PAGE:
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McMahon during a Virginia Tech game.

Athletes from “the 941” have given sports fans plenty of reasons to cheer in recent months. Trey Burton of Venice became an overnight sensation by throwing the “Philly Special” touchdown pass to help the Philadelphia Eagles win their first Super Bowl. Antonio Blakeney of Sarasota is the area’s first basketball player in nearly a quarter century to make it to the NBA, displaying his prowess as a rookie with the Chicago Bulls. And the Korda sisters, Nelly and Jessica, of Bradenton finished 2017 ranked among the top 76 female golfers in the world. 

For sheer inspiration, however, there may not be a better story than what 20-year-old Ryan McMahon of Sarasota is doing at the University of Louisville. 

Four years ago, McMahon was the region’s most dynamic high school basketball player, routinely scoring more than 30 points in a game, with an uncanny ability to make game-winning shots that propelled his Cardinal Mooney team to its best record in school history. But deep into his final season, McMahon did not have a single Division 1 college scholarship offer, principally because, in a sport of giants, he stood 5-feet-11 and weighed 150 pounds. “Ryan just didn’t pass the eye test,” says his father, David.

It took a one-eyed septuagenarian to make college scouts see what they were missing. College basketball announcer Dick Vitale, who lives in Lakewood Ranch, showed up at a high school game to watch Blakeney, but it was McMahon who caught his attention by scoring 27 points and nearly leading Mooney to victory. “Wanting to see if this kid was legit,” Vitale recalls, he went to see McMahon again, then again, and each time Ryan’s performance was better than the last. Vitale, who has been blind in his left eye since being poked by a pencil when he was a child, had seen enough. He sent out 25 to 30 video highlights of McMahon to coaches around the country, urging them to offer Ryan a scholarship. All but one said no. The exception was legendary coach Rick Pitino at Louisville.

McMahon’s moxie and skill impressed Pitino just as it had Vitale, and that led to a full scholarship offer to play for a three-time national champion in what is widely considered the toughest conference in college basketball, the ACC. Ryan, who always wanted to measure himself against the best, quickly accepted the offer. But instead of celebrating his good fortune, fans and the media, even in Ryan’s hometown, questioned its legitimacy. Pitino was doing a favor for his old friend, Vitale. Ryan was too small to ever see the floor for a program like Louisville’s. Instead of "Local Star Makes Good," it would be "Local Hotshot Way Over His Head."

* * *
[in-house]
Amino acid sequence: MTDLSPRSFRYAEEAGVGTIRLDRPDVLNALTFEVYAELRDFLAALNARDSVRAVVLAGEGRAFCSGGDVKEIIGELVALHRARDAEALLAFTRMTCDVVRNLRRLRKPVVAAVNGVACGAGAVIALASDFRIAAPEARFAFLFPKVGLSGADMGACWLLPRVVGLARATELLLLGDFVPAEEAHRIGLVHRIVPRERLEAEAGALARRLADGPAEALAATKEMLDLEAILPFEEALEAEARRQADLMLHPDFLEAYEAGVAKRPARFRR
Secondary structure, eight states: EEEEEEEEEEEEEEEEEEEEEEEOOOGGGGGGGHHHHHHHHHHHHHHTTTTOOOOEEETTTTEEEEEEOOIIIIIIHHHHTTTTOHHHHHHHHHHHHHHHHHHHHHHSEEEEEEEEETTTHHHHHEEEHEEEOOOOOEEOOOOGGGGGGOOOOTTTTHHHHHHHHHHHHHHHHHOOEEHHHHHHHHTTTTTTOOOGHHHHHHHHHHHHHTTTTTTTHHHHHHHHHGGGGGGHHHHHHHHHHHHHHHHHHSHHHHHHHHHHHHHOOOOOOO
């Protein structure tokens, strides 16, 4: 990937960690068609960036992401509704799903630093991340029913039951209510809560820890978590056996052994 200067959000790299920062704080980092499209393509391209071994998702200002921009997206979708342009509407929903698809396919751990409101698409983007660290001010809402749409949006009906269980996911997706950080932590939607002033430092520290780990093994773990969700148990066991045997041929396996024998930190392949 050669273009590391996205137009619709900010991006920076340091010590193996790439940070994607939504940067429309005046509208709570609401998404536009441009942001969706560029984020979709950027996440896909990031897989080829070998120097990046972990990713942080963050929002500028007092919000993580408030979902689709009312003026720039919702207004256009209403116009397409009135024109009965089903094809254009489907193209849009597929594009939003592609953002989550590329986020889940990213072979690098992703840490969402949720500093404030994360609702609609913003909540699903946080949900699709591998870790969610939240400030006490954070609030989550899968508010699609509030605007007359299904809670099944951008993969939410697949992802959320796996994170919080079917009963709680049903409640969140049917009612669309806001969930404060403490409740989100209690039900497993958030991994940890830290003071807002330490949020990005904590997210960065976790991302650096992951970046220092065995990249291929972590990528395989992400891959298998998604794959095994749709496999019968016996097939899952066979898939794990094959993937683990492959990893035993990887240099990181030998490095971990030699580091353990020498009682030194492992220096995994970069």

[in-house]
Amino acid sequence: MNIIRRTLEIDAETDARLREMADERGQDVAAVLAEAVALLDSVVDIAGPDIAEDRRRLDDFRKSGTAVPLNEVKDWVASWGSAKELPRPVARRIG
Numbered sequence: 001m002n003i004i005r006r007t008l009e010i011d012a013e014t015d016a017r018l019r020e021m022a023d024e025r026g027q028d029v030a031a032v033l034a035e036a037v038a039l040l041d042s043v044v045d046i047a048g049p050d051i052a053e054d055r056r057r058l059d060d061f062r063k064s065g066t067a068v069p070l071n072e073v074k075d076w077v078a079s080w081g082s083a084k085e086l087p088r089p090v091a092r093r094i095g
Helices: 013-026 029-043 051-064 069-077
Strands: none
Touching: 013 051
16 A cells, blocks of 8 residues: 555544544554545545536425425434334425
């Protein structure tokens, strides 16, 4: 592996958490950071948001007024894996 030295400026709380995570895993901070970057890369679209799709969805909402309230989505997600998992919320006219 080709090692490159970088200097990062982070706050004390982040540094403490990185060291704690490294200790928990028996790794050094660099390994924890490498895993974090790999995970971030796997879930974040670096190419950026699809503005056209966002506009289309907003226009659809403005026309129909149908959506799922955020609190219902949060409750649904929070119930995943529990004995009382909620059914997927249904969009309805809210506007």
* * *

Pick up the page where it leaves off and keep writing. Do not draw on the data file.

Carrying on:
“Some of the comments were pretty malicious,” Dave McMahon recalls. “Even some of our friends asked, ‘Does Ryan know what he’s getting himself into?’”

One person who did not share those doubts was Ryan himself. In his first practice, McMahon bombed so many three-pointers over Louisville’s veteran players that Pitino kept stopping the workout to yell at his players “to get out on that kid.” Ryan sat out games as a freshman, a move called redshirting, but started to get minutes last season. He came off the bench and scored seven points in overtime to lead the Cardinals over Syracuse. This year, despite missing the first seven games with fractured ribs, Ryan has come into his own. Through early February, he was averaging nearly seven points a game and showing no fear. In a January game at conference rival Florida State, he sank a three-pointer late in the game to tie the score and then had a steal and two free throws to clinch the victory. Vitale says coaches have told him that five of Louisville’s victories through the first two-thirds of the season were attributable to McMahon’s clutch shooting.

“Teams were cautious about recruiting him because of his size, but Ryan can flat-out shoot the basketball,” Vitale says. “Plus, there’s a toughness to him that belies his size. And he’s a great young man on top of it.”

Pitino was fired last year in a recruiting scandal expected to lead to NCAA penalties against Louisville. But McMahon has persevered. Strength training has added 15 to 20 pounds of muscle to his frame. And he’s on target to graduate with a degree in marketing in 2019, meaning, with two more years of eligibility, he can use his basketball scholarship to pay for graduate school. Where his career will peak, McMahon won’t hazard a guess, but he says players such as Steph Curry are proving that there’s room for smaller guys in a sport of giants. 

“I’m blessed to be playing the game I love,” Ryan says. “I’m just going to keep working hard and make the most of this opportunity.”

A Banner Year

Bradenton’s Sebastian Korda, the younger brother of star golfers Nelly and Jessica, won the junior boys tennis title at the 2018 Australian Open and, as of February, was the No. 1 rated junior player in the world.

Quarterback Bryce Carpenter of Venice High School was named Mr. Football in Florida after leading the Indians to the 2017 7A state championship.

Whitney Osuigwe of Bradenton in 2017 became the first American girl since Jennifer Capriati in 1989 to win the French Open junior tennis title in 2017 and is the No. 1 ranked junior player in the world.

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